Metropolitan Center for Independent Living

What is Transition

Think about how you want your life to look in a year, or in five years, or in ten years. What kind of picture do you see? What kind of home do you live in? What kind of job or school do you go to? What do you do for fun? Are there friends and family in the picture?

Planning your life is like painting a picture. First you imagine what you want it to look like, and then you start creating it. The first step in creating your future is to make some plans and choices now.

MAKING A PLAN
You should start planning for your life after high school by the time you reach 9th grade or age 14. You will do this by working with adults to include plans for your future in your Individual Education Plan (IEP). The adults who will help you do this are teachers, school counselors, your family, social workers, counselors from the Division of Rehabilitation Services, and other professionals. These people will help you get the right classes and services to meet your needs and goals.

Your teachers will tell you when your planning meetings will happen. Remember, the Individual Education Plan is your plan for your life. So, go to the meetings and tell your planning team what you want and need. Tell them how you want your life to look.

KEEPING A PERSONAL FILE
When you plan your future, it is important to keep written information about your skills, your interests, your needs and anything else that tells about who you are. MCIL can help you make a file of your personal information. This will include copies of your Individual Education Plan, any tests you took to find out what your interests and abilities are, your medical records, letters of recommendation and your resume. This information will then be ready to share with people who can help you get the job, education, housing and other things you want and need.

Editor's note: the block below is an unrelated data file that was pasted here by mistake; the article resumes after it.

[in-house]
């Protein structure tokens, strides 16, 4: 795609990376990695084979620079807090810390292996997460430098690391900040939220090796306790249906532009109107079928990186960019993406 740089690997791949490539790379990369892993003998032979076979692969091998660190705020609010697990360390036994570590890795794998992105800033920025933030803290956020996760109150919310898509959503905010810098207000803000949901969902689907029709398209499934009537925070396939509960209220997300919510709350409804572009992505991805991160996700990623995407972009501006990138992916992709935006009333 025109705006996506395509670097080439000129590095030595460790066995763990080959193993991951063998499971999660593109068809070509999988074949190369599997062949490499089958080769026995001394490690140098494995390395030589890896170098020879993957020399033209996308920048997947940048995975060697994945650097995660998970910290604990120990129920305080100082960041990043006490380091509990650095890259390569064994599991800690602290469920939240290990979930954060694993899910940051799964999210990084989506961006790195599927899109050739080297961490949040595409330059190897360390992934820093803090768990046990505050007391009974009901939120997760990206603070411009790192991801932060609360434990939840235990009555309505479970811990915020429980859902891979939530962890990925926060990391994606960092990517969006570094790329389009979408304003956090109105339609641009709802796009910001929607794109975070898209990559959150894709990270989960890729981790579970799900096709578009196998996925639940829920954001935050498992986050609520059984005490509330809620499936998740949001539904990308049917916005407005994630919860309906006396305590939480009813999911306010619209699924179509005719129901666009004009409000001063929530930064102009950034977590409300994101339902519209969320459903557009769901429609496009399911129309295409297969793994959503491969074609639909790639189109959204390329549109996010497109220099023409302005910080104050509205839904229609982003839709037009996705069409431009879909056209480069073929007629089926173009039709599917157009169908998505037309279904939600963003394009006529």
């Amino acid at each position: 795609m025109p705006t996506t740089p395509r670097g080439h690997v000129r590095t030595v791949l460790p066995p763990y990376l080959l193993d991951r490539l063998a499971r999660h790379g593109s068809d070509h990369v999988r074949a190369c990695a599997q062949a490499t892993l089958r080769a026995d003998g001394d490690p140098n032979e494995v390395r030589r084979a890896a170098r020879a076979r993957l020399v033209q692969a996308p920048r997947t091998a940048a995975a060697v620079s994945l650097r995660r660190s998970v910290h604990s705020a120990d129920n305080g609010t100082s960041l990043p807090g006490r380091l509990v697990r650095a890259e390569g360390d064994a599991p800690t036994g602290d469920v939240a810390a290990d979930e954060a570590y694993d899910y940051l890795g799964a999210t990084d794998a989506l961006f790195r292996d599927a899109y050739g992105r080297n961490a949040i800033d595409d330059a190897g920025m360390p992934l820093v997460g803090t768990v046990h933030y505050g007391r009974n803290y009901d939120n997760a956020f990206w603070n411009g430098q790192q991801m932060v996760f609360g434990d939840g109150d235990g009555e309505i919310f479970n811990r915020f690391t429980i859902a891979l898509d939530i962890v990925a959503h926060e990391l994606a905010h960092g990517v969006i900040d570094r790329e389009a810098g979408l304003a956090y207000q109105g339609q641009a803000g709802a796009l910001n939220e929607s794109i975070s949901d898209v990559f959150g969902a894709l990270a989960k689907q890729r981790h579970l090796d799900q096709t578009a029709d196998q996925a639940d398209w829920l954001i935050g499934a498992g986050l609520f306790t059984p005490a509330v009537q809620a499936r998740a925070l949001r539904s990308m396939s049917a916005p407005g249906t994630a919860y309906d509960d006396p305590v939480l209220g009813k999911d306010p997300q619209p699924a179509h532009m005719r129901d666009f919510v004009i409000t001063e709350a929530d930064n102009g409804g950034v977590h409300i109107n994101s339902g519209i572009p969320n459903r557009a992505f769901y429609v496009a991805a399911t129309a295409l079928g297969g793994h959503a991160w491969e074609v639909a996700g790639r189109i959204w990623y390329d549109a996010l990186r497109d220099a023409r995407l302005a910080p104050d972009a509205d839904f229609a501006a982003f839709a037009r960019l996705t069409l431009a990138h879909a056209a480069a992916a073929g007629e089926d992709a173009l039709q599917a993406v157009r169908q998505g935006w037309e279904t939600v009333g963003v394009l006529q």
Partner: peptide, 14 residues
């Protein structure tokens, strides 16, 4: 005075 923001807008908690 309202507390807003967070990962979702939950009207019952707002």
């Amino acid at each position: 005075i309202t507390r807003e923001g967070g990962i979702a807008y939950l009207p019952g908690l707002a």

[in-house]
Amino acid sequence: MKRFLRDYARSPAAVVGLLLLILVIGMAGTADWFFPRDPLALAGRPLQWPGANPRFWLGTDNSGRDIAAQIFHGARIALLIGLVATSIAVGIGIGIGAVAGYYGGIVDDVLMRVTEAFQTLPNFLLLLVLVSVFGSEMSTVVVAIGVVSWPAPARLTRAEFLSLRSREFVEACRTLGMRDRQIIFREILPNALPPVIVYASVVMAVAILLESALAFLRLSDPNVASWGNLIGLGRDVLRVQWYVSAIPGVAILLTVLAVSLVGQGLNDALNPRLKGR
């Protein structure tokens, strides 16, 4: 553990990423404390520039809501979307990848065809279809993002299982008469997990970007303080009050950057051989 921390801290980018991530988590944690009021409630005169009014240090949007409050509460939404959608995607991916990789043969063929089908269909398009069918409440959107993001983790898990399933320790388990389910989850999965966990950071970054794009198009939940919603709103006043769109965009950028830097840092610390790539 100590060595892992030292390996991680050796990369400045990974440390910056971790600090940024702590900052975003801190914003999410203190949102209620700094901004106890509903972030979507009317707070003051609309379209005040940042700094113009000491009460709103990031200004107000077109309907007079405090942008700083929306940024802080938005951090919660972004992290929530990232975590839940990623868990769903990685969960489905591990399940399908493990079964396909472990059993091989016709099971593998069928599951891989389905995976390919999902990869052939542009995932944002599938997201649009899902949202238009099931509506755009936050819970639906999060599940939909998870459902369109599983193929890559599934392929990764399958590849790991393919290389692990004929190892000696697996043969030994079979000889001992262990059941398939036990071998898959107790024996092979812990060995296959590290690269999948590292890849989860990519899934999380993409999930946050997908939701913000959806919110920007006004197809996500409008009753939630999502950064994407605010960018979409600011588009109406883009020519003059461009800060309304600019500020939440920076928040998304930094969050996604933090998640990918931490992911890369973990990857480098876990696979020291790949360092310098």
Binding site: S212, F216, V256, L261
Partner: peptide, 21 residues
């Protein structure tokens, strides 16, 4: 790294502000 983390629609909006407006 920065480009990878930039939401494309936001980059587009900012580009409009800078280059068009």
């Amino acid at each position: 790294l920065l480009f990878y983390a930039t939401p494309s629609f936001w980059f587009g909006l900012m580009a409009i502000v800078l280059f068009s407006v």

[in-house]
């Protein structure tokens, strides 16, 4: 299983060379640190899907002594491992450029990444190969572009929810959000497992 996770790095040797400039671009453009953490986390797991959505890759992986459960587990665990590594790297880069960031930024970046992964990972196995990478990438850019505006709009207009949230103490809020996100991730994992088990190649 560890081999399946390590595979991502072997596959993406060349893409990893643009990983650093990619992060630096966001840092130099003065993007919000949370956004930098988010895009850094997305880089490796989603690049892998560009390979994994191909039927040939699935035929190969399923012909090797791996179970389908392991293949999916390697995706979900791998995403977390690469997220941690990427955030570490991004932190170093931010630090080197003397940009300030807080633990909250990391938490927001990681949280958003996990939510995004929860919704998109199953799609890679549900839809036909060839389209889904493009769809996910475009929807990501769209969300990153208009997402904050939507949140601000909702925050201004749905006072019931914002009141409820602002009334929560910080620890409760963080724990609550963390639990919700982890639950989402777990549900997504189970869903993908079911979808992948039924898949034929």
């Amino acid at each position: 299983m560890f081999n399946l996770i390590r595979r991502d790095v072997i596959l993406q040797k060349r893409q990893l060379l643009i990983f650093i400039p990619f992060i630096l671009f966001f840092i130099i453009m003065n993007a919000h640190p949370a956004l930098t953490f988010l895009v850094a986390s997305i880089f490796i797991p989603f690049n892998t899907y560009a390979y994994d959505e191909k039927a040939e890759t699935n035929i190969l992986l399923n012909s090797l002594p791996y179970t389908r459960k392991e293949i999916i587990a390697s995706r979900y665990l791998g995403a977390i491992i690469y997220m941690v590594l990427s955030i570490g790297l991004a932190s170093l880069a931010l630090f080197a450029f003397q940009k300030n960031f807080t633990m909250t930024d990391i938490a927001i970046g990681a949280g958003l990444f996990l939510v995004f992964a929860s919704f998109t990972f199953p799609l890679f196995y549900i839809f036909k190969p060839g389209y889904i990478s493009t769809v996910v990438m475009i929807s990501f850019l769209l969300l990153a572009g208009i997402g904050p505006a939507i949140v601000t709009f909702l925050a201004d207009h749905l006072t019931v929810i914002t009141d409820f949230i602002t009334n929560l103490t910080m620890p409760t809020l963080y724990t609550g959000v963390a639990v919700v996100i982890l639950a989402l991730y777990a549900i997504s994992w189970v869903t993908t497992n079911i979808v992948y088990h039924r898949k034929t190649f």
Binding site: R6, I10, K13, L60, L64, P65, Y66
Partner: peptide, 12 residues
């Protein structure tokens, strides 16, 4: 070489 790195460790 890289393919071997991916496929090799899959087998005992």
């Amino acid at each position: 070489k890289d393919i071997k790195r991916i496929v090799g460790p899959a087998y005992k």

MAKING CHOICES
Part of creating the life you want is learning to make choices that help you get what you want and need. One choice you will have to make many times is the choice to stand up for yourself and ask for what you need. This is called being assertive. Being assertive means that you tell people what you are thinking and feeling and what you would like to do. You can practice doing this now in school at your planning meetings and with your family. Being assertive does not mean that you always get your own way. It does mean that you speak up for yourself instead of being silent. MCIL can provide you with leadership, self-advocacy and assertiveness training.

MCIL Transition
The MCIL Transition Program assists students and young adults with disabilities, ages 14 through 24, to make a successful transition from high school to post-secondary education, employment and independent community living.

Services include:

  • Information and referral services
  • Guidance and advocacy in developing Individual Education Plans (IEPs)
  • Personal organization skills training
  • Leadership, self-advocacy and assertiveness training

Career planning and employment guidance including training in:

  • resume writing
  • job applications
  • interviewing skills

For additional information, please contact: Taylor: nickw@mcil-mn.org (651) 603-2018 (voice) or (651) 603-2001 (TTY)

530 Robert Street North
St Paul, MN 55101  
Voice: 651-646-8342
Fax: 651-603-2006
Directions 

The Mission of the Metropolitan Center for Independent Living is to assist people with disabilities to fulfill their desire to lead productive self-determined lives.